The “Biggest Little Christmas Parade in the Smokies,” which usually circles Bryson City that same day, will take place Dec. 10 at 2 p.m.
Visit the new Oconaluftee Visitor Center on U.S. 441 near Cherokee and see old-time crafts being demonstrated during the center’s open house and Christmas Past Festival from 10 a.m. to 2 p.m. Dec. 17.
Learn by observing the practical arts of quilting, weaving, and basket and doll making, apple cider and apple butter.
The whole family will enjoy the free live music, storytelling and special activities for children.
The Dillsboro Festival of Lights & Luminaries illuminates this mountain village the first two weekends in December.
Adapted from a Scandinavian custom of lighting the way for the Christ child, more than 2,500 candles in white bags line the streets. This year’s dates are Dec. 2 thru 3 and Dec. 9 thru 10. In addition to luminaries on the streets, the town’s merchant “elves” trim their buildings, many of which date to the 1800s, in traditional white lights.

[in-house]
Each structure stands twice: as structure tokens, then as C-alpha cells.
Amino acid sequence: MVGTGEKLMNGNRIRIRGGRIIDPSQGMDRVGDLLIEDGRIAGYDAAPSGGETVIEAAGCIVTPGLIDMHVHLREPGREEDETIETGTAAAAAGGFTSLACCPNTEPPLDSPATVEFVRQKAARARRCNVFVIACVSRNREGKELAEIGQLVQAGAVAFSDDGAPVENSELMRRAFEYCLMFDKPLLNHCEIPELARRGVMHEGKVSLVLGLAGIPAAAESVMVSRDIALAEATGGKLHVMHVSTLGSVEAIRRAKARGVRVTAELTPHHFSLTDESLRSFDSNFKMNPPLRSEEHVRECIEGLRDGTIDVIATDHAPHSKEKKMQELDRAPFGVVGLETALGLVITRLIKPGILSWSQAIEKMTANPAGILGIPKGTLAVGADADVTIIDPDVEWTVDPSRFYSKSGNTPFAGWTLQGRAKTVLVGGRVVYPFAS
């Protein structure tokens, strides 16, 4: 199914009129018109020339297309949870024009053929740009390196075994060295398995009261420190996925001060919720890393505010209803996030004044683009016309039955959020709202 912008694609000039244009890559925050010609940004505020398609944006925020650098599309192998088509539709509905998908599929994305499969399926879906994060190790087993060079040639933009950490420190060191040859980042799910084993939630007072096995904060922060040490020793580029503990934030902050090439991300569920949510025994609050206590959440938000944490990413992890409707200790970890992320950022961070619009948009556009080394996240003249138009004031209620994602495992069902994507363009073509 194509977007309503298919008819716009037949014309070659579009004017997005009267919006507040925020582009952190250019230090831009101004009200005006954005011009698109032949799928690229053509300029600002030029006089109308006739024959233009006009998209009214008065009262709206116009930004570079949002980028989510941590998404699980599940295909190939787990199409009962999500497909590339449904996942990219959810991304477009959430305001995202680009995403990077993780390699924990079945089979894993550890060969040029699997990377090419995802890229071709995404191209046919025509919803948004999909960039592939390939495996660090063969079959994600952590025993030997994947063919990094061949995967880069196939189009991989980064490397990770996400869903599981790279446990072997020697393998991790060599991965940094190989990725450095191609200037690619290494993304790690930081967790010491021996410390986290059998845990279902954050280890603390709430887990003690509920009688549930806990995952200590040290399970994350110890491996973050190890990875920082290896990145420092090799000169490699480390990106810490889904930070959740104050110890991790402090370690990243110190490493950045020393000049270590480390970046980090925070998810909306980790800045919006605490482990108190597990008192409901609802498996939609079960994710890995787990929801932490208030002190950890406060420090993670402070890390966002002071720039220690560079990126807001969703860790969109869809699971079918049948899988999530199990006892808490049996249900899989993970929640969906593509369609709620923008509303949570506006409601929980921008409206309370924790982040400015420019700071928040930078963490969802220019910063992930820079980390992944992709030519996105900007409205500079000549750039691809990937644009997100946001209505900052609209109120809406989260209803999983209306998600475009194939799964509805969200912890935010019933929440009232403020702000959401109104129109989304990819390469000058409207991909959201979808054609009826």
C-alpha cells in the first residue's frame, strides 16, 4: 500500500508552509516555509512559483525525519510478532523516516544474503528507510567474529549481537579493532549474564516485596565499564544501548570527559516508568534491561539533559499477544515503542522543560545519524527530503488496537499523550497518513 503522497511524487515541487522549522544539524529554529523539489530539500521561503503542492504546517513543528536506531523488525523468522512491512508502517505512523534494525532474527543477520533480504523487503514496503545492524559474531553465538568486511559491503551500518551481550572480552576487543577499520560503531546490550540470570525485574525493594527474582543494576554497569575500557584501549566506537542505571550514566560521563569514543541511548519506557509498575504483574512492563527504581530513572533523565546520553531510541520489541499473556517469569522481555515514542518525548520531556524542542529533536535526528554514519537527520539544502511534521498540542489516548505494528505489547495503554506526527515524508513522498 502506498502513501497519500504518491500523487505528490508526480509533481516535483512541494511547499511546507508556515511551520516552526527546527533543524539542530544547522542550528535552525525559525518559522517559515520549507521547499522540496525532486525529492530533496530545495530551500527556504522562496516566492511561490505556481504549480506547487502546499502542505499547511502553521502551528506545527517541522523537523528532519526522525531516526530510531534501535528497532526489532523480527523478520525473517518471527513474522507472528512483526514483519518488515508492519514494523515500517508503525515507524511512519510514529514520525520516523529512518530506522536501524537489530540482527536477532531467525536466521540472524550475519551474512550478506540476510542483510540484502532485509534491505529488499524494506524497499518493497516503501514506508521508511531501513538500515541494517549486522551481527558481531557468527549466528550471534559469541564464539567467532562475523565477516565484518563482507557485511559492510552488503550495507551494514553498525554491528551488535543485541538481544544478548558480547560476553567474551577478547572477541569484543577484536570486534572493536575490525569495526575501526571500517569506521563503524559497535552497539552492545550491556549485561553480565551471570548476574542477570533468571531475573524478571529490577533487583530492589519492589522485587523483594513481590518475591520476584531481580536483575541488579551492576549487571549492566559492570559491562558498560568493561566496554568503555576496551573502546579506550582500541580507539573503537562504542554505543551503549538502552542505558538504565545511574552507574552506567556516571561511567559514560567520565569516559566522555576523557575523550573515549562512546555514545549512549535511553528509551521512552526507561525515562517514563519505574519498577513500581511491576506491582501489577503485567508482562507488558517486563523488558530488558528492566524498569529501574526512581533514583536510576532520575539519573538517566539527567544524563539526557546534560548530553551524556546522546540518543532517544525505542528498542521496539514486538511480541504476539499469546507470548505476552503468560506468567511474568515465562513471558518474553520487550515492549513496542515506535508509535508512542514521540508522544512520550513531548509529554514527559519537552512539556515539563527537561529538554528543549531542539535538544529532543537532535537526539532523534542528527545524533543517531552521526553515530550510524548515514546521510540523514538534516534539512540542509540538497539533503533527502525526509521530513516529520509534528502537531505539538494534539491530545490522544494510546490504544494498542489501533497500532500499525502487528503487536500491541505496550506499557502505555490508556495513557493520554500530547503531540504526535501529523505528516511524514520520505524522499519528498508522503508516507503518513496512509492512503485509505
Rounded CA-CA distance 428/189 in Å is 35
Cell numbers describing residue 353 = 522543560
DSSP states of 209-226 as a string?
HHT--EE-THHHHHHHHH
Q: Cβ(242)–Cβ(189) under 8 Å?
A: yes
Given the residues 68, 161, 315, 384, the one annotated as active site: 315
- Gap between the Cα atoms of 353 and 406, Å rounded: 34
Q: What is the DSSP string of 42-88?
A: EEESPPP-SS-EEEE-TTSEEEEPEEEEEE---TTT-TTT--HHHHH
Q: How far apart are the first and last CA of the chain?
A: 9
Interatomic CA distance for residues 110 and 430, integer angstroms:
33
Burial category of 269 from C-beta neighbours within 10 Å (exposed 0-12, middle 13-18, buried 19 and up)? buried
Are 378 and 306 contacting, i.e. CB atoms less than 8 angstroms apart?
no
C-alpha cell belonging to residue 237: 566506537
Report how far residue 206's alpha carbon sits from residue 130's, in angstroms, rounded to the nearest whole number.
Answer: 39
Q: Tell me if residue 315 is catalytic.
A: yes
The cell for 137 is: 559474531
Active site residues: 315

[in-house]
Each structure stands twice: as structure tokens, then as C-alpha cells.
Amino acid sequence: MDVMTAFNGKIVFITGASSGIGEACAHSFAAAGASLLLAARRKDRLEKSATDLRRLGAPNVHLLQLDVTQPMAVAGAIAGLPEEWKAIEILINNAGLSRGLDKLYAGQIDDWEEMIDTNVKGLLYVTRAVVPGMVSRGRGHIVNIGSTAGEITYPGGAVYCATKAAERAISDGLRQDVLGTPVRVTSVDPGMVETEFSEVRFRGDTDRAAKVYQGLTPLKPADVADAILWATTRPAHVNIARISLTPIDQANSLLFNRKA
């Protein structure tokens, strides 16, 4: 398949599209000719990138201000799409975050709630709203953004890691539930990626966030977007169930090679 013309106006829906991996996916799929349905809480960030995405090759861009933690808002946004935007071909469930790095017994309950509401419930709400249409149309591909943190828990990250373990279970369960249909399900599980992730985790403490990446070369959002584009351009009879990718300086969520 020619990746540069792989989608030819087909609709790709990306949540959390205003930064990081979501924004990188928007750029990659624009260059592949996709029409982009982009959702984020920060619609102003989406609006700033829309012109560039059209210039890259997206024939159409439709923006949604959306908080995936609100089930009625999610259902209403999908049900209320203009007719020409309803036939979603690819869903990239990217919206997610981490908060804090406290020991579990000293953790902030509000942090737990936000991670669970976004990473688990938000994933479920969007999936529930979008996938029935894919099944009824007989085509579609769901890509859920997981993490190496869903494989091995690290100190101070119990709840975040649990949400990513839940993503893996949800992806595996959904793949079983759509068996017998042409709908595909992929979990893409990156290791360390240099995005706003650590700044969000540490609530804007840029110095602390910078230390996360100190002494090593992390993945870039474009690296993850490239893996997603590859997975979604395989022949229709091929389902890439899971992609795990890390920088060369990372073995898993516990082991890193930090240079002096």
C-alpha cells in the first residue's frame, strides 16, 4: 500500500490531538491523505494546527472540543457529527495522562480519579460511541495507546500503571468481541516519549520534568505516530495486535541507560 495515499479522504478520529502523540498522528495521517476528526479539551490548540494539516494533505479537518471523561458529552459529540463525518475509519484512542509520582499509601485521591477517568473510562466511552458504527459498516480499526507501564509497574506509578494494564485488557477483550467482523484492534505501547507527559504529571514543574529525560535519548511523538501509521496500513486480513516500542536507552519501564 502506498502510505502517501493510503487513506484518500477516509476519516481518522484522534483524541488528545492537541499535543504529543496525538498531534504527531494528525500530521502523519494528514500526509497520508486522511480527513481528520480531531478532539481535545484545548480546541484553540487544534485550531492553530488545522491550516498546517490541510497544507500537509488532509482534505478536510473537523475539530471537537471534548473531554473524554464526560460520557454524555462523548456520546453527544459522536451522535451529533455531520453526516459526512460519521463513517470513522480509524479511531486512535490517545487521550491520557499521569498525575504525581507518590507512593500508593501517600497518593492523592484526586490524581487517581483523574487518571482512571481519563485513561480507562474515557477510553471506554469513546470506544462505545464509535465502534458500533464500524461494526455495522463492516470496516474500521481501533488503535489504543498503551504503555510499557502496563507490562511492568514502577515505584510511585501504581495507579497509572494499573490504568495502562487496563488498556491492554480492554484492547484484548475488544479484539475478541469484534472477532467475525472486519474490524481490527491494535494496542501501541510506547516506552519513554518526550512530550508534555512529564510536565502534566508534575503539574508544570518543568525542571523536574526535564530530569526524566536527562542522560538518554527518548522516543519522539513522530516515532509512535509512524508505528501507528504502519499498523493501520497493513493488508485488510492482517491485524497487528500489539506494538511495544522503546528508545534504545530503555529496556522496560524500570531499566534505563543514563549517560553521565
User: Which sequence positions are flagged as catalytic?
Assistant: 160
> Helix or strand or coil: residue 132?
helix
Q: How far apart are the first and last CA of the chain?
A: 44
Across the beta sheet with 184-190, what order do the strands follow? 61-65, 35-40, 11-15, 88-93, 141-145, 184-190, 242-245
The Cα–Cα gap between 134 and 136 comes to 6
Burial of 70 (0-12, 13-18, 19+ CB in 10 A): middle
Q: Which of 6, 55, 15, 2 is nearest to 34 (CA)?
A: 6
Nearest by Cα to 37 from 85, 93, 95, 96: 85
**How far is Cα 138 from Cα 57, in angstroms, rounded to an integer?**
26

Once Dillsboro is aglow, carolers fill the streets, musicians stroll through town playing Christmas favorites, and Santa visits with children at Town Hall. Shopkeepers add to the merriment by staying open late and serving coffee, warm cider, hot chocolate and homemade goodies to visitors.
The Festival of Lights & Luminaries begins each evening at dusk and runs until 9 p.m. There is no admission charge and lodging is plentiful with more than half of Jackson’s County guest rooms located in Dillsboro or within a 15-minute drive.
www.visitdillsboro.org or 800.962.1911.
The Pied Pipers and the Jimmy Dorsey Orchestra will perform at 7:30 p.m. Dec. 9 in the Bardo Fine and Performing Arts Center on the WCU campus.